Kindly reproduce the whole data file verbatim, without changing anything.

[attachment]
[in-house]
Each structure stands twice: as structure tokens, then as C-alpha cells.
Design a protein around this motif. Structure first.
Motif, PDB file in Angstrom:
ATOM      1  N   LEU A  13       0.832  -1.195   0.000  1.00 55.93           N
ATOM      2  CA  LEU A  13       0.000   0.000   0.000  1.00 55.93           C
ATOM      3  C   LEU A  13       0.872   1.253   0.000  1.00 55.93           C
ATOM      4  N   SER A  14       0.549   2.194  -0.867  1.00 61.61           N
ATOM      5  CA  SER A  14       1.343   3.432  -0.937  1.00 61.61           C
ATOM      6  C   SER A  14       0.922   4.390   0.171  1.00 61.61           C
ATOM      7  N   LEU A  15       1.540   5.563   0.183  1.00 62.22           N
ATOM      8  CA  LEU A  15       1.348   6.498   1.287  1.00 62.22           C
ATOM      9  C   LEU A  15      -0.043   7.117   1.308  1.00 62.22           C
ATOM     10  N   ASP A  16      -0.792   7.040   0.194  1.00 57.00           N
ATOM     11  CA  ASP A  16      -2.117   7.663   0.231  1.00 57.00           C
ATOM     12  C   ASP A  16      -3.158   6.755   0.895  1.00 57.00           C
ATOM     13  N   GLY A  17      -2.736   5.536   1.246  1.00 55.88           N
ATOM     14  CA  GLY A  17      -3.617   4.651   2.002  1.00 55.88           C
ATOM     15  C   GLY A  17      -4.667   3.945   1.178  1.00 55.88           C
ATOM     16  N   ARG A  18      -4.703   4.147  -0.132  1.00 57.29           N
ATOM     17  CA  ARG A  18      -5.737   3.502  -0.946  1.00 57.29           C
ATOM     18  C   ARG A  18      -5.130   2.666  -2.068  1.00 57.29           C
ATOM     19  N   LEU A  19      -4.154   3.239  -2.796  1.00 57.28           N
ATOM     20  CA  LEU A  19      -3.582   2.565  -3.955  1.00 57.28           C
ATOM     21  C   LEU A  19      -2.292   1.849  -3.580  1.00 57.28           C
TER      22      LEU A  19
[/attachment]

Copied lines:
[in-house]
Each structure stands twice: as structure tokens, then as C-alpha cells.
Design a protein around this motif. Structure first.
Motif, PDB file in Angstrom:
ATOM      1  N   LEU A  13       0.832  -1.195   0.000  1.00 55.93           N
ATOM      2  CA  LEU A  13       0.000   0.000   0.000  1.00 55.93           C
ATOM      3  C   LEU A  13       0.872   1.253   0.000  1.00 55.93           C
ATOM      4  N   SER A  14       0.549   2.194  -0.867  1.00 61.61           N
ATOM      5  CA  SER A  14       1.343   3.432  -0.937  1.00 61.61           C
ATOM      6  C   SER A  14       0.922   4.390   0.171  1.00 61.61           C
ATOM      7  N   LEU A  15       1.540   5.563   0.183  1.00 62.22           N
ATOM      8  CA  LEU A  15       1.348   6.498   1.287  1.00 62.22           C
ATOM      9  C   LEU A  15      -0.043   7.117   1.308  1.00 62.22           C
ATOM     10  N   ASP A  16      -0.792   7.040   0.194  1.00 57.00           N
ATOM     11  CA  ASP A  16      -2.117   7.663   0.231  1.00 57.00           C
ATOM     12  C   ASP A  16      -3.158   6.755   0.895  1.00 57.00           C
ATOM     13  N   GLY A  17      -2.736   5.536   1.246  1.00 55.88           N
ATOM     14  CA  GLY A  17      -3.617   4.651   2.002  1.00 55.88           C
ATOM     15  C   GLY A  17      -4.667   3.945   1.178  1.00 55.88           C
ATOM     16  N   ARG A  18      -4.703   4.147  -0.132  1.00 57.29           N
ATOM     17  CA  ARG A  18      -5.737   3.502  -0.946  1.00 57.29           C
ATOM     18  C   ARG A  18      -5.130   2.666  -2.068  1.00 57.29           C
ATOM     19  N   LEU A  19      -4.154   3.239  -2.796  1.00 57.28           N
ATOM     20  CA  LEU A  19      -3.582   2.565  -3.955  1.00 57.28           C
ATOM     21  C   LEU A  19      -2.292   1.849  -3.580  1.00 57.28           C
TER      22      LEU A  19